“Getting inflation down is of paramount importance,” she said to get markets ready for what’s to come. And they are getting ready.
By Wolf Richter for WOLF STREET.
Fed Governor Lael Brainard, one of the biggest doves on the Fed’s monetary policy committee, explained in detail this morning that inflation is hitting low-income households much harder than high-income ones, and that it hits disadvantaged households, such as those with limited access to online shopping, even harder, and their inflation rates are much higher than national average inflation rates because the basket of goods that they buy is consistently different, and that they spend almost all of their money on basic necessities, and that they often cannot replace items that have jumped in price with cheaper items, because they are already buying the least expensive items expensive to begin with, and there’s no way to go any lower on the scale. They can only buy less, like buying less of the cheapest house brand cereal, which is the example she used.
It was an indictment of consumer price inflation, portraying it as the scourge it poses to people in the lower half of the income scale. And then she said the Fed should, and will, clamp down on inflation to get this under control.
During the speech, the text of which was published in advance earlier this morning, the average 30-year fixed mortgage rate jumped 18 basis points to 5.02% today, the highest since November 2018 .
But in November 2018, this measure of mortgage rates by Mortgage News Daily had briefly peaked at 5.05%, before the Fed caved under deadly attacks from Trump. But then inflation was below the Fed’s target, and now inflation is skyrocketing and out of control, and now it’s the White House that’s under fire from voters over of soaring consumer prices. There’s nothing in recent years that compares to this. The comparison must be made with the 1970s.
And instead of worrying about soaring mortgage rates, Brainard agreed that the market is starting to price in the “rapid increase in the key rate” and “faster balance sheet reduction” ahead compared to last time:
“In line with these expectations, we have already seen a significant tightening of market funding conditions at longer maturities, which tend to be most relevant to household and business decision-making. For example, mortgage rates over 30 years have risen more than 100 basis points in just a few months and are now at levels last seen in late 2018,” she said.
Brainard’s comments today added a new political reality to Fed policies: Inflation is a horror show at the lower end of the income spectrum, with inflation rates much higher among these households. than national average inflation rates which are more reflective of inflation rates recorded by higher income groups.
The two-year Treasury yield rose 9 basis points to 2.53% midday, the highest since March 2019, after exploding in six months from 0.2% last October, which is a huge move. Another 30 basis points will take the two-year yield to 2.83%, which would be the highest since 2007. And the Fed hasn’t even seriously started raising rates. He is simply telling the markets to prepare for it:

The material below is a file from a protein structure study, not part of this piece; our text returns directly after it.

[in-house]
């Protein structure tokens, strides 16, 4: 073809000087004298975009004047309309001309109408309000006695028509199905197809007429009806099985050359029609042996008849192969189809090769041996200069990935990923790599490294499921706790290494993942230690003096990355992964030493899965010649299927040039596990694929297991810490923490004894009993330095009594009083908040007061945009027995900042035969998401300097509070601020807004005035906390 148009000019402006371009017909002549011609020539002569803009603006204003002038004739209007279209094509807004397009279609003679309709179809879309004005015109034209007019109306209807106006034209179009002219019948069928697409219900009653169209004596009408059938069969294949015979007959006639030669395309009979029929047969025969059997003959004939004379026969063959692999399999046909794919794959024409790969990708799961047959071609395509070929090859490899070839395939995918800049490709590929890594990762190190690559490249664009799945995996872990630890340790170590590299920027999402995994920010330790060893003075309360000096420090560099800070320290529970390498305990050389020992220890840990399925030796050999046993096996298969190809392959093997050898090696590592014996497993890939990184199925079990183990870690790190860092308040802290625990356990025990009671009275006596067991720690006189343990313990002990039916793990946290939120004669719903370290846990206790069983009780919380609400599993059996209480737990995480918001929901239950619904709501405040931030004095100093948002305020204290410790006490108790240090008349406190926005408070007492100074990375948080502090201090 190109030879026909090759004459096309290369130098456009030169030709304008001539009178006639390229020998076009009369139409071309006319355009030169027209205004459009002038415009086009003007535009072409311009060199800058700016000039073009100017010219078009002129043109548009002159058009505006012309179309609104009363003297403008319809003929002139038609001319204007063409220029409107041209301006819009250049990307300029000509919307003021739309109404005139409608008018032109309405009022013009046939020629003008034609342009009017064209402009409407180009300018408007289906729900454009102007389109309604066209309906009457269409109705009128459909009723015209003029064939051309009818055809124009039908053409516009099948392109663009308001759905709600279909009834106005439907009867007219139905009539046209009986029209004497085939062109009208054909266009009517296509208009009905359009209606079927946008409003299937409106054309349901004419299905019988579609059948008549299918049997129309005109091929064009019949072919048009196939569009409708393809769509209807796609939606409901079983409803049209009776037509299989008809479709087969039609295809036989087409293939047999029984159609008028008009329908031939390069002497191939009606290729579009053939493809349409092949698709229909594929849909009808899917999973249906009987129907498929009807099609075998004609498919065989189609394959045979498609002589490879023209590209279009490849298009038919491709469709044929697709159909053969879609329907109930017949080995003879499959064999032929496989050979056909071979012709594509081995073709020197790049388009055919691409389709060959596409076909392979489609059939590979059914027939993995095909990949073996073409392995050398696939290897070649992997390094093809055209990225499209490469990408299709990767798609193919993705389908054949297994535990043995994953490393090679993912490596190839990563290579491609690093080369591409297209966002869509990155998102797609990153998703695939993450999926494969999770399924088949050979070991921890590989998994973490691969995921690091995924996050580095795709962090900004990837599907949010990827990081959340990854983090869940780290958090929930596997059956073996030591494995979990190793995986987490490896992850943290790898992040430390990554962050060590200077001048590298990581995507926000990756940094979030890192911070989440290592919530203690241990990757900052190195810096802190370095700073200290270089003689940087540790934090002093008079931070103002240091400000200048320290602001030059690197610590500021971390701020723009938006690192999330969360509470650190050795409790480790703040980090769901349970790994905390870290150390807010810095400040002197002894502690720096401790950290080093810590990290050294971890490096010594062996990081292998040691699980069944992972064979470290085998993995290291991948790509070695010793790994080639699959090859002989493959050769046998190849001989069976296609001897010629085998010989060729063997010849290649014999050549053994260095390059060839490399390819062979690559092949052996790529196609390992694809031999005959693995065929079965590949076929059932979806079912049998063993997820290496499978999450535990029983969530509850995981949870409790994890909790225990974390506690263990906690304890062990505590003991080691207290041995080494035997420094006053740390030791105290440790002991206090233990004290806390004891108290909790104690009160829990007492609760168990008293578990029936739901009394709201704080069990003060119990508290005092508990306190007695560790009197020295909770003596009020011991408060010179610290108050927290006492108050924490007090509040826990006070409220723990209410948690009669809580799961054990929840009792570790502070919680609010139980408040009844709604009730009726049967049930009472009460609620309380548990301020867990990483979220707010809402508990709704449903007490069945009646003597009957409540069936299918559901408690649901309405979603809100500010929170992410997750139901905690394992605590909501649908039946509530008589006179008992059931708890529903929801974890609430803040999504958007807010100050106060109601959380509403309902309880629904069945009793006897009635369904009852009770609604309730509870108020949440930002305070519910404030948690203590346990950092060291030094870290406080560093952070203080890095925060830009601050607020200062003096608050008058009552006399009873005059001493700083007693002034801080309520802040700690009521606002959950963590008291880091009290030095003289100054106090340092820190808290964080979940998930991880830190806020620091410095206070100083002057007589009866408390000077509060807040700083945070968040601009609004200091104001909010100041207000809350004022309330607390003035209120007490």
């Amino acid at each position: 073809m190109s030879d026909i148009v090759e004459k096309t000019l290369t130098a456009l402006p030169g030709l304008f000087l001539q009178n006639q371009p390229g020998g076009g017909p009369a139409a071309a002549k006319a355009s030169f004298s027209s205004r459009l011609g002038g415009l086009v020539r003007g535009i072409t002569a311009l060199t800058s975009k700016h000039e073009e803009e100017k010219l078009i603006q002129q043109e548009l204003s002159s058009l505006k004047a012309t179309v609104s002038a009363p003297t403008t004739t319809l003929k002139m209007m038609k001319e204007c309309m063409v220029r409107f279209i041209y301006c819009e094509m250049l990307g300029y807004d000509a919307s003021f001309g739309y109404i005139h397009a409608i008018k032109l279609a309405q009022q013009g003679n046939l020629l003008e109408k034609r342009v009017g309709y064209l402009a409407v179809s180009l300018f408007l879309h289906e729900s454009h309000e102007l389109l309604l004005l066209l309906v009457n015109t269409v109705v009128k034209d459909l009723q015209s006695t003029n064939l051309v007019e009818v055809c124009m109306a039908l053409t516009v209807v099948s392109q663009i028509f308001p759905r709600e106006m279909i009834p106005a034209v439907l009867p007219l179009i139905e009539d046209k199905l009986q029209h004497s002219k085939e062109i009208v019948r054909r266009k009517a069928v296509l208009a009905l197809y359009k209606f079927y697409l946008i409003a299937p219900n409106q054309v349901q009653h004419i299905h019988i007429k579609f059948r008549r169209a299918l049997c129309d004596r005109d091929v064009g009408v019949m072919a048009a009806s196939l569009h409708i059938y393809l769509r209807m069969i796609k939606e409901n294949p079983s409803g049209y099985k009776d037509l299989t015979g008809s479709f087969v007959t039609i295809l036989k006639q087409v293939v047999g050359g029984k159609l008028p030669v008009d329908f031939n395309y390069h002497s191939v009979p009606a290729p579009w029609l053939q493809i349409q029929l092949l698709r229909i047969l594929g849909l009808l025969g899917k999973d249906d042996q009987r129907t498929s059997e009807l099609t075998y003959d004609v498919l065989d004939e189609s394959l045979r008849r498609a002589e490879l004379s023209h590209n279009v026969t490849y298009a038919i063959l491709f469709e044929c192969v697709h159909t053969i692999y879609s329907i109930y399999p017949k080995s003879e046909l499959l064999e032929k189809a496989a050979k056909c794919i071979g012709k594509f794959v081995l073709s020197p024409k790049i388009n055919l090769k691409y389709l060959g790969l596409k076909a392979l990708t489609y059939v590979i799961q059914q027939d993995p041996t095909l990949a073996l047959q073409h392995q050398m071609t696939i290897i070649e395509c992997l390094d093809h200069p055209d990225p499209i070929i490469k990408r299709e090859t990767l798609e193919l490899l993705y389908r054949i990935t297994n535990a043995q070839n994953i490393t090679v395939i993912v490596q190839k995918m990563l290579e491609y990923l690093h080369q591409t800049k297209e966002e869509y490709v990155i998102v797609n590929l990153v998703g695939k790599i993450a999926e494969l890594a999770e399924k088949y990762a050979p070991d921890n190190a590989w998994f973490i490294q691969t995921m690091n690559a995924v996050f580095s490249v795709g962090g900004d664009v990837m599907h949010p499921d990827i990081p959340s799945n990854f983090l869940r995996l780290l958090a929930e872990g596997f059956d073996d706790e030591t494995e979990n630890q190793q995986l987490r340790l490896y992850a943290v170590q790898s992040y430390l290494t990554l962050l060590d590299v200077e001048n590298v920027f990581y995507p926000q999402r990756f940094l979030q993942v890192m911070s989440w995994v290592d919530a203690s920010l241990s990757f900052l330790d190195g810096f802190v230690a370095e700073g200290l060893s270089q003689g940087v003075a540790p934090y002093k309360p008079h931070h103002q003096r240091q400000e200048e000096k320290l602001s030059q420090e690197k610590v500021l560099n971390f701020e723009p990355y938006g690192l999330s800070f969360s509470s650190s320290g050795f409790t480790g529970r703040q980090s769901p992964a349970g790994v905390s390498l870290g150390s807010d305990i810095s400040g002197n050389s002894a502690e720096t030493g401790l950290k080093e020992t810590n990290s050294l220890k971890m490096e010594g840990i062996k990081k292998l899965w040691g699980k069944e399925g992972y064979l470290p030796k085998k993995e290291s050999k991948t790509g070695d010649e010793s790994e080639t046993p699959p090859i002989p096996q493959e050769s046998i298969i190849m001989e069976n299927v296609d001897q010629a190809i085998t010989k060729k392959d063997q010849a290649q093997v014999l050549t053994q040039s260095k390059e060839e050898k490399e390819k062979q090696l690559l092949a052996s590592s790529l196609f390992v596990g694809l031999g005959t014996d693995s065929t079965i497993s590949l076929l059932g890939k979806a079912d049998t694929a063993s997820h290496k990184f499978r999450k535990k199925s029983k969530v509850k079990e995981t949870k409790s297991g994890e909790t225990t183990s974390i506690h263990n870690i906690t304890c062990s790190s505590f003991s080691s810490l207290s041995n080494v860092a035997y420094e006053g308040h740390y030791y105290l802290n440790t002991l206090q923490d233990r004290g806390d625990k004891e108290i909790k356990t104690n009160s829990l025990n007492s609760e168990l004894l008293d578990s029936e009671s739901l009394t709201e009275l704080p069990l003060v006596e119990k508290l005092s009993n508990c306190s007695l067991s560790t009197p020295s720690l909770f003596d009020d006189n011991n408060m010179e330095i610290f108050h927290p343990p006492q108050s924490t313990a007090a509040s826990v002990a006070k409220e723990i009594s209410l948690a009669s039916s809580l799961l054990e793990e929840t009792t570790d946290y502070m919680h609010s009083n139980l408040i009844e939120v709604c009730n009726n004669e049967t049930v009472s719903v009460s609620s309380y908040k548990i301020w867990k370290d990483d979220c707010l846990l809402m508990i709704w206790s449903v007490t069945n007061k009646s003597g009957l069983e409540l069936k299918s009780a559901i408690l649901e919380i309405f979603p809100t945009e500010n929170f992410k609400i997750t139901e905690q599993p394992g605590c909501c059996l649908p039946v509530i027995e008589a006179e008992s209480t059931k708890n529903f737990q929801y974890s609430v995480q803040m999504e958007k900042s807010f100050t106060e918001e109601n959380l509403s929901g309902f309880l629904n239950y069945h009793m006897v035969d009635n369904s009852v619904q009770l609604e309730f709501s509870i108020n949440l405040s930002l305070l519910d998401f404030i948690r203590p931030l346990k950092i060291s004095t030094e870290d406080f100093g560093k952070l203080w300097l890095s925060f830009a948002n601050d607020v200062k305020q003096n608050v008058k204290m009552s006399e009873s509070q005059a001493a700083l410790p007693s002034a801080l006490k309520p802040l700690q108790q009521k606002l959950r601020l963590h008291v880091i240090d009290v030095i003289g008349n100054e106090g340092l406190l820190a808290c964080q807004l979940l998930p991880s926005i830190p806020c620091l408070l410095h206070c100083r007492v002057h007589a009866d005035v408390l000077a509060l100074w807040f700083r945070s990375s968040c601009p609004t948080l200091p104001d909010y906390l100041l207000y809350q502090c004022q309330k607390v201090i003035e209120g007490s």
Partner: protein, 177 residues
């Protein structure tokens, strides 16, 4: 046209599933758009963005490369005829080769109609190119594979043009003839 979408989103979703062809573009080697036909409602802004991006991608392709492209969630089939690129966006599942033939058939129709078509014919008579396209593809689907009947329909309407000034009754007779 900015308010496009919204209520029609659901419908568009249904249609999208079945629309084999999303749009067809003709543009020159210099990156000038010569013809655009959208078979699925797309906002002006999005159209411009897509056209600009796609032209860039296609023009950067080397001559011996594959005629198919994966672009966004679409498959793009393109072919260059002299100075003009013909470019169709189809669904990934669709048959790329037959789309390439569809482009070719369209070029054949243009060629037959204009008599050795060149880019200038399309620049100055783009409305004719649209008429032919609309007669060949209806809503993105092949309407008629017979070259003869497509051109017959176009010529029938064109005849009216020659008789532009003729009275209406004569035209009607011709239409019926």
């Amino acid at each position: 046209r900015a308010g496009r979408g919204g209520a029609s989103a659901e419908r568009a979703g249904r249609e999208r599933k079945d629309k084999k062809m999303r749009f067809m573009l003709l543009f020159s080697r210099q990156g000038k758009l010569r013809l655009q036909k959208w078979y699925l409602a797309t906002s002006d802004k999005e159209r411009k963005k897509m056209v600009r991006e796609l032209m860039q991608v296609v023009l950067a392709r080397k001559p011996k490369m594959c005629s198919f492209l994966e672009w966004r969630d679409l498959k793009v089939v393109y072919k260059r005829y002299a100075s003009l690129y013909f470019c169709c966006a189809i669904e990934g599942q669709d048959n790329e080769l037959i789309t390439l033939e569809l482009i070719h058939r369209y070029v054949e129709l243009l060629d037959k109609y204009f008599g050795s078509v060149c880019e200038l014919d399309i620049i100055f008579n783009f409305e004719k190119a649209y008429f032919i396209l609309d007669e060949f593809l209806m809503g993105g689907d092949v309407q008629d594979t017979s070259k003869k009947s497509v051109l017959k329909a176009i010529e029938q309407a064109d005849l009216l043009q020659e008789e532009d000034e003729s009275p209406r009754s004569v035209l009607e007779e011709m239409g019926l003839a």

The 10-year Treasury yield jumped 16 basis points to 2.56% by midday, the highest since April 2019:
The yield curve again not inverted between the two-year yield (2.53%) and the 10-year yield (2.56%), after the 10-year yield exceeded the two-year yield.
But the yield curve retains its kangaroo shape: very steep from the one-month rate (0.17%) to the three-year rate (2.73%) then essentially flat, with a slight dip in the 10-year rate, a rise at the 20-year rate, and a reduction at the 20-year rate:
Longer maturities – from the five-year yield to the 30-year yield – will feel the quantitative tightening as the Fed shrinks its balance sheet by trillions of dollars. And it will levitate the yield curve at that end, even as short-term yields arrive with Fed rate hikes. The green line is the yield curve at its all-time lows in August 2020:
Here is what the market reacted to:
“It’s critically important to bring inflation down,” Brainard said in his speech today.
“Currently, inflation is far too high and subject to upside risks. The Committee stands ready to take stronger action if inflation indicators and inflation expectations indicate that such action is warranted,” she said.
“We are committed to bringing inflation back to its 2% target, recognizing that stable and low inflation is essential to maintaining a strong economy and a job market that works for everyone,” she said. .
The FOMC “would continue to tighten monetary policy methodically through a series of interest rate hikes and beginning to shrink the balance sheet at a rapid pace beginning at our May meeting,” she said.
“I expect the balance sheet to contract considerably faster than in the previous recovery, with significantly larger caps and a much shorter period to phase in the maximum caps compared to 2017-2019,” a- she declared.
As a reminder: last time, caps after the slow introduction were set at $50 billion per month in balance sheet reduction. This time, the caps would be “significantly higher” than $50 billion a month.
“I expect the combined effect of rate hikes and balance sheet shrinking to shift the policy stance back to a more neutral stance later this year, with the extent of further tightening over time depending on changes in the outlook for inflation and employment,” she said. noted.
And so far, the Fed’s “outlook” has changed significantly, to now see much higher inflation for much longer than a year ago.
For the consequences of Fed policies, read: My “wealth disparity monitor” from the era of the Fed’s money printer: Holy Moly. April update of the biggest economic injustice in recent history
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